Thursday, February 19, 2009

Boardman Wants Rolling Stock

Railway Age reports Amtrak CEO Joseph Boardman has written to Vice President Joe Biden and Speaker of the House Nancy Pelosi advising that the railroad will seek a $1.4 billion appropriation in FY 2010 to purchase new rolling in order to expand service. The request includes "60 electric locomotives for the Northeast Corridor, 25 single-level dining cars, 75 baggage cars, 25 single-level sleeping cars, and 130 bilevel cars for short-distance routes.

1 comment:

  1. Now that it has been clearly established that Amtrak has raised the ante on its shopping list for both Long and Short Distance trains (as defined by their Monthly Performance Reports) to 25 Sleepers, 25 Diners, 75 Baggage, and 130 Bi-Level Coaches (the Corridor shopping list is apparently separate), the question remains where to assign this equipment if in fact all of it materializes.

    Now I realize that perfectly intelligent members, but who have not had railroad industry experience to add to their CV's, question why only 80% of rostered cars are in a consist on a given day. While a private sector concern might choose to seek a higher utilization, i.e. a third Sleeper line on 91-92, Amtrak is a bureaucracy - and bureaucracies do play it safe. "Going for it on 4th down and 2" is just not in the playbook.

    However, it would appear that if all of these cars materialize, Amtrak anticipates adding LD trains. The existing trains assigned a single level Diner, namely 19, 91, 97, would require 15 cars (12 in consist 3 spare) yet Amtrak wants 25; same applies to the Baggage cars where likely 50 could re-equip any LD train on the system; again yet they want 75. The 25 Sleepers could be assigned to existing trains, including adding service to 449 and 67 as well as additional lines on the others.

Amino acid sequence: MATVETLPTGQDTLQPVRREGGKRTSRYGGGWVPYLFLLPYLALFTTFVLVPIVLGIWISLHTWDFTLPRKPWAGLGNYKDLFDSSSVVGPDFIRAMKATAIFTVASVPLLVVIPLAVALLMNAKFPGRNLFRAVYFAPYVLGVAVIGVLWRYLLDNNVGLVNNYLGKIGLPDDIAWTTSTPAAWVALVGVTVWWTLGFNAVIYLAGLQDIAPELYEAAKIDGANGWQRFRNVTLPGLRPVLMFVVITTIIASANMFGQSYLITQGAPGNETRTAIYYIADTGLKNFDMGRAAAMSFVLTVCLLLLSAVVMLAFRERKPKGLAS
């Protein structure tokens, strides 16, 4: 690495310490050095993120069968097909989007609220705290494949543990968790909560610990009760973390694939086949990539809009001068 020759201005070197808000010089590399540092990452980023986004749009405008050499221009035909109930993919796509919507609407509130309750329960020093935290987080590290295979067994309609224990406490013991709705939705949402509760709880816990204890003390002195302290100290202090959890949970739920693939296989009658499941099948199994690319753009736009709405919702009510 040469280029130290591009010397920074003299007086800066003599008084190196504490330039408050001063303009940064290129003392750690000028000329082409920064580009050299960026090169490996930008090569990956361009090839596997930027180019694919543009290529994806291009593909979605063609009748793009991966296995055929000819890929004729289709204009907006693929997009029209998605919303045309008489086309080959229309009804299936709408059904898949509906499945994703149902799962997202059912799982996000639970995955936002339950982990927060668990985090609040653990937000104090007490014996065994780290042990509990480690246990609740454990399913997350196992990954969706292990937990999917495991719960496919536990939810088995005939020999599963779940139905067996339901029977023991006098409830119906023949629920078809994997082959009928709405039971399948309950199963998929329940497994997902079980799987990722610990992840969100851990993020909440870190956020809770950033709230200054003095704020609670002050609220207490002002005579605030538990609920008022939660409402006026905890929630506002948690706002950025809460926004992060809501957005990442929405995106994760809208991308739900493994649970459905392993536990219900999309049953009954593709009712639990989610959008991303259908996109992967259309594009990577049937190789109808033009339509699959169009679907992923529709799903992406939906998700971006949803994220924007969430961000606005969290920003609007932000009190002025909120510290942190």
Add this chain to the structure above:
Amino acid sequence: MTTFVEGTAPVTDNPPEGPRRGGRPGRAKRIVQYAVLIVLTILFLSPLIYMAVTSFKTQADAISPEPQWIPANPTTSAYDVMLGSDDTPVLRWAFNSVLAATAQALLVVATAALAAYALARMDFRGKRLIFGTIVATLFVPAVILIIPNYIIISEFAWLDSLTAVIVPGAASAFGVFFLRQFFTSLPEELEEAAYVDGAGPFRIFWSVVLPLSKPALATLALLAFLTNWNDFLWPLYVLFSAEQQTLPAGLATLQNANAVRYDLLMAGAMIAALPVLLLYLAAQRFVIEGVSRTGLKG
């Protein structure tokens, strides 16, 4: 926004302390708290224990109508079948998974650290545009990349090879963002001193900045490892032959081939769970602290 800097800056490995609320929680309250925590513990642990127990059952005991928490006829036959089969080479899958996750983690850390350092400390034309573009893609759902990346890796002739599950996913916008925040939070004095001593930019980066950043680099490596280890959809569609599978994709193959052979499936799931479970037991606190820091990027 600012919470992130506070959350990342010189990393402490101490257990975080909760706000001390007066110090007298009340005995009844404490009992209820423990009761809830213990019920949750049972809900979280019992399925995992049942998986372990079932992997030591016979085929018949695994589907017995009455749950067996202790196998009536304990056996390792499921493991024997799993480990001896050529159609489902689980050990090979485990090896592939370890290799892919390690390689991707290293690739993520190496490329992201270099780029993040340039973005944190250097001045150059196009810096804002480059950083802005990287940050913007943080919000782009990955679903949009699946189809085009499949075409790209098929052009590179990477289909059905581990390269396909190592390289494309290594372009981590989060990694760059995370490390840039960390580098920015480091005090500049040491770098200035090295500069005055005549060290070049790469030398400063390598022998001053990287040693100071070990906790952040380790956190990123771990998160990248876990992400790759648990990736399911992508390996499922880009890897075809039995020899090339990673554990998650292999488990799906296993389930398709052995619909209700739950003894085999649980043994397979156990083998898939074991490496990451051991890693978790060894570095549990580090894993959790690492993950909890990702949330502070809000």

I have to wonder where the 130 bi-level Coaches would be assigned. I must wonder if the Amtrak appropriation under ARRA '09 is simply assuming what otherwise would fall to the Federal Transit Administration, or FTA. I was of thought that the burden to add equipment for the locally sponsored services were going to fall to the local level sponsors. But possibly those sponsors, in most cases states, are now so broke that they cannot meet the participation requirements (20% or thereabouts) existing law calls for in order to be a recipient of FTA funding. Therefore Amtrak, "flush" from likely the greatest "one two punch' of legislative victories in its entire history, will step forward and lease these cars to the sponsors at "pay as you go' rates.

    Stay tuned, this will be quite a ride; it could even be equal to the mid-70's when "Whatever Amtrak Wants, Amtrak Gets' was #1 on the Top 40

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